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Discussion Starter #10
Forgot to say: I use a Swiss Products scope mount and muzzle brake on my K31. The brake has never shot loose and its NOT the threaded type brake. I like what this brake does for recoil and with it hanging on the muzzle, it improves balance.
 

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No matter what your belief in scale technology you need to have a set of calibration weights. Without that, you are guessing.
 

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Thanks for the great discussion guys.

Milprileb mentioned the super fancy scientific balances. As an aside I use these quite often for my job and while they are theoretically faster than an old triple beam you might have used in high school, they can take a long time to settle down, especially in low humidity environments. They actually make a Zerostat gun that you zap the sample with to get the balance to sit down. Obviously those are banned in energetic materials labs. The nice thing about the high end balances is they rarely need to be calibrated. I was talking to the metrologist who would pop into the lab every once in a while to check them and I asked him how you actually calibrate.....he couldn’t remember off the top of his head because it had been so long.

I don’t know—I suppose I tend to get bogged down in the technical minutia when my time would be better spent dry firing. After all, the Swiss A5/B4 targets are pretty generous and we’re just at 300 meters with 70 year old rifles!
 

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I don’t know—I suppose I tend to get bogged down in the technical minutia when my time would be better spent dry firing. After all, the Swiss A5/B4 targets are pretty generous and we’re just at 300 meters with 70 year old rifles!

How true!
 

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Hint: get Berger 175 gr VLD Target bullets while you can.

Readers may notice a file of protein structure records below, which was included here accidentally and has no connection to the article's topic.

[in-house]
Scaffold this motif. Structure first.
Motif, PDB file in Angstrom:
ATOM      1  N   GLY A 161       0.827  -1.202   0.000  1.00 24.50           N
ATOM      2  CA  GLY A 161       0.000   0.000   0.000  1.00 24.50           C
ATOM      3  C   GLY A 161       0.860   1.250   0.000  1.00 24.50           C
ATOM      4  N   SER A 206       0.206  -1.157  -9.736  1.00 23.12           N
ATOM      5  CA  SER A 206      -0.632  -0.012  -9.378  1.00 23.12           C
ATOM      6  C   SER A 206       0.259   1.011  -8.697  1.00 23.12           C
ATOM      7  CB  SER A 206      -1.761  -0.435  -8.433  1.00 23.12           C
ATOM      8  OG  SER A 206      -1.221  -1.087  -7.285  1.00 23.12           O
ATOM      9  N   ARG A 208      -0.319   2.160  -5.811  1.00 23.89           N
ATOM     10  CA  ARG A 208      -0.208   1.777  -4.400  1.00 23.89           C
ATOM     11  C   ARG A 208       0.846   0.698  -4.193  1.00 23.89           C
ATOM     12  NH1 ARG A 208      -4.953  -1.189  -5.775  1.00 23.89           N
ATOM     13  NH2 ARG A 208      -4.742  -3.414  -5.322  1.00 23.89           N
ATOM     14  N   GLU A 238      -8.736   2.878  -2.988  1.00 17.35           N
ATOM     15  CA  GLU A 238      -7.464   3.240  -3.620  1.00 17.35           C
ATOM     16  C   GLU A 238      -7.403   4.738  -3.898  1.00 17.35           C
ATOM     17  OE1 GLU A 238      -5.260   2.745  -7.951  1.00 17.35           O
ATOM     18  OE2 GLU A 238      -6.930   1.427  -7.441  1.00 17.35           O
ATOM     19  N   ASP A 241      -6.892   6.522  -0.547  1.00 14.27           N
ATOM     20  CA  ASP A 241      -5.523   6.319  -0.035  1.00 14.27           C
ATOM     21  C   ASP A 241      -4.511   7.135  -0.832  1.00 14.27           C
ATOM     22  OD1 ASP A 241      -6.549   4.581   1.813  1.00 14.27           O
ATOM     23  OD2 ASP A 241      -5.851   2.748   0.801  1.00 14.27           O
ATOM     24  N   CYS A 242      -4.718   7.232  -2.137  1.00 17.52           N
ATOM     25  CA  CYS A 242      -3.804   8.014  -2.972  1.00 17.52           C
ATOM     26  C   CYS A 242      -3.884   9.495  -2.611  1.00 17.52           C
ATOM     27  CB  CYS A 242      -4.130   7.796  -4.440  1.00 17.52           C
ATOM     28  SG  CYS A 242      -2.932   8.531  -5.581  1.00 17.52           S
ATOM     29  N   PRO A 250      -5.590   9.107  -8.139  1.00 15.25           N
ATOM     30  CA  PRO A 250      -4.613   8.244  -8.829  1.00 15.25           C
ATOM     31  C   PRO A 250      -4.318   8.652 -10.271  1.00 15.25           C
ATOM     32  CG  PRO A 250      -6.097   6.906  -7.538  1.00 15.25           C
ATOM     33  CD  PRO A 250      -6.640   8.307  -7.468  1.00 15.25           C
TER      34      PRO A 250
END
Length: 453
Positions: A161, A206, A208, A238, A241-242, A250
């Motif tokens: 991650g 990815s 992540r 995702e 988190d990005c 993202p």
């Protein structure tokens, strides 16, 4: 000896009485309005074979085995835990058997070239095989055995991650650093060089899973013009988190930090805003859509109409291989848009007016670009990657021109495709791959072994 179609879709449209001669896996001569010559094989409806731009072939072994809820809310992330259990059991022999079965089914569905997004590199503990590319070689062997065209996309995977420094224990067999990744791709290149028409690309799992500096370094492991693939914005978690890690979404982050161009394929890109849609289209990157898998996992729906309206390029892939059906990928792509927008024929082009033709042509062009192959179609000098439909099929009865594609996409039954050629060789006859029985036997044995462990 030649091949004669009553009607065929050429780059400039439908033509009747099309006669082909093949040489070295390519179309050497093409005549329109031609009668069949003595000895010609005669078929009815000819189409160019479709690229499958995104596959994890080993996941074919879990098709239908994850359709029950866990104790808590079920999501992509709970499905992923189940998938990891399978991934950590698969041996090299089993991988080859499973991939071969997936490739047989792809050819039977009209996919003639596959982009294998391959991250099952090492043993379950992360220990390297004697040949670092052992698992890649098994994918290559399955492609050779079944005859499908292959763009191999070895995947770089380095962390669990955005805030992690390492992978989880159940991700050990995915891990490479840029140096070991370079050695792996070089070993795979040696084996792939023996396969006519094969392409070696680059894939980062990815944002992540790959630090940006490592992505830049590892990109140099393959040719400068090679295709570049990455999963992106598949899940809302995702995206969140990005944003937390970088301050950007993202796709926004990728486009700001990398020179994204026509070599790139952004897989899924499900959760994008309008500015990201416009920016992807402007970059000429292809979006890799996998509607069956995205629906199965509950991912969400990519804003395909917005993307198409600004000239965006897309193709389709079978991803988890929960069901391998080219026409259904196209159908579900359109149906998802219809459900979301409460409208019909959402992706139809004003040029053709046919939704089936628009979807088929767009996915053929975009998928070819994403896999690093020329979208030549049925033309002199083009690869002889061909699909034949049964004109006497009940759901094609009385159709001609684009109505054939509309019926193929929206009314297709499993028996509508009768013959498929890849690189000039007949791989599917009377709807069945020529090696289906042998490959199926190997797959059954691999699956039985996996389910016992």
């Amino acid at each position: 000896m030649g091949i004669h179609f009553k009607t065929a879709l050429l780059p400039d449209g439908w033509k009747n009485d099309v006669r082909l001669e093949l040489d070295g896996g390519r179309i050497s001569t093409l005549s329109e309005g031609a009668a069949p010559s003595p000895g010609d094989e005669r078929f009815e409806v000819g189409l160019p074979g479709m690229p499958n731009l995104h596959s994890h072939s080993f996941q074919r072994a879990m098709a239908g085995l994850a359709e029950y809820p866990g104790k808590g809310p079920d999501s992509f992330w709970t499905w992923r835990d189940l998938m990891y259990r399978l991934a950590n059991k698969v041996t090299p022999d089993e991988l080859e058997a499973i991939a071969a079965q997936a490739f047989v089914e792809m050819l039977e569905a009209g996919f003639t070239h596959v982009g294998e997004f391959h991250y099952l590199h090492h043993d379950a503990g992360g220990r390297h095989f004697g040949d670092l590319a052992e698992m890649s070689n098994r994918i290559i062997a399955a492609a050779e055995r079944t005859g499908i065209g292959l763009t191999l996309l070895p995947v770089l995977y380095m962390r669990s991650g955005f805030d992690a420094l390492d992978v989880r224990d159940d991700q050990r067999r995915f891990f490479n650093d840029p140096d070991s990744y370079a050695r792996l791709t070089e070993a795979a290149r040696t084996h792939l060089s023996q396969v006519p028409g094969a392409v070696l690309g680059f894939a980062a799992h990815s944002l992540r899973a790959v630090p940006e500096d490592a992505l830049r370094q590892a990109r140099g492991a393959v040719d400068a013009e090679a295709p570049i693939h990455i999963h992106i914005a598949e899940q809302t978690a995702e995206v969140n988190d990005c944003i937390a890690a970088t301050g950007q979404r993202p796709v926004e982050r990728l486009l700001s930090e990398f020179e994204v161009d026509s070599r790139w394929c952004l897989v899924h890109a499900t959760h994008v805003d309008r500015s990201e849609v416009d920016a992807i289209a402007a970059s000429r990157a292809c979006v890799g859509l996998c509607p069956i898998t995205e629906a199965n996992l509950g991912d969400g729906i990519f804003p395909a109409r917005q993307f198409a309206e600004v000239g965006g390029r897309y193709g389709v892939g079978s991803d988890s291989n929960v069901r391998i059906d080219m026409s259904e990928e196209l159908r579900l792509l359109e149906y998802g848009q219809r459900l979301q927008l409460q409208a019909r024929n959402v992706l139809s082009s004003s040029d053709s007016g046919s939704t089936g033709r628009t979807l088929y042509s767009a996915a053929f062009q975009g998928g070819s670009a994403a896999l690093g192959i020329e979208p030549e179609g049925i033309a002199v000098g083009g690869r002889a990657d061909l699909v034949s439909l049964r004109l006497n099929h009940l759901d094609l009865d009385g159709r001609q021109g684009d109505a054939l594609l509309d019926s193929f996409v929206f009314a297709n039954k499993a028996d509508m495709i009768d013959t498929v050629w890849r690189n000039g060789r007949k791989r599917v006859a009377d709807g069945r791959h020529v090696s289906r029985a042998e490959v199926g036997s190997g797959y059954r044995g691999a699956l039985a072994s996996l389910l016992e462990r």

Rel 17 is the right powder. "P" posted load data many years ago, but removed it probably for liability reasons. I've been using Vihta Vuori N160 with excellent results, using load data from the Berger manual. I prefer N160 because it is single base and theoretically causes less throat erosion than double-base Rel 17. But Vihta Vuori powders are now hard to find, so I'll use my stockpile of Rel 17 when I run out of N160.
I weigh every thrown powder charge with my RCBS 510 balance scale. VV N160 throws with remarkable consistency so I'm not losing much time taking this extra step with each load.
 

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Discussion Starter #15
Duly note: Leon squeezed Finn powder into the discussion. Anything and everything has to have his Swede or Finn sales pitch. Before he discovered Berger bullets, it had to be Lapua bullets for his hand loads. Its no use trying to convince him American made reloading components can duplicate his Finn stuff, although he has granted a waiver for Berger bullets. Most likely because he can justify Berger could be a Swiss name.
 

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I've been loading for my Swiss rifles for many years and I have tried a number of powders and bullets. I started with Varget and 168gr Sierra Matchkings but like with the 308 the 168's just didn't seem to cut it. I tried lighter bullets but they weren't quite what I wanted either. I tried using the surplus 173gr M1 bullets that the government sold off years ago as they were supposed to be designed based on the GP11 bullet and they did quite well but supplies have disappeared. Sierra came out with the 175gr Matchking and that is what I settled on. I'm sure the Bergers are great but they're more expensive and sometimes a pain to get so I'm sticking with the Sierra's. I don't think you'll go wrong either way.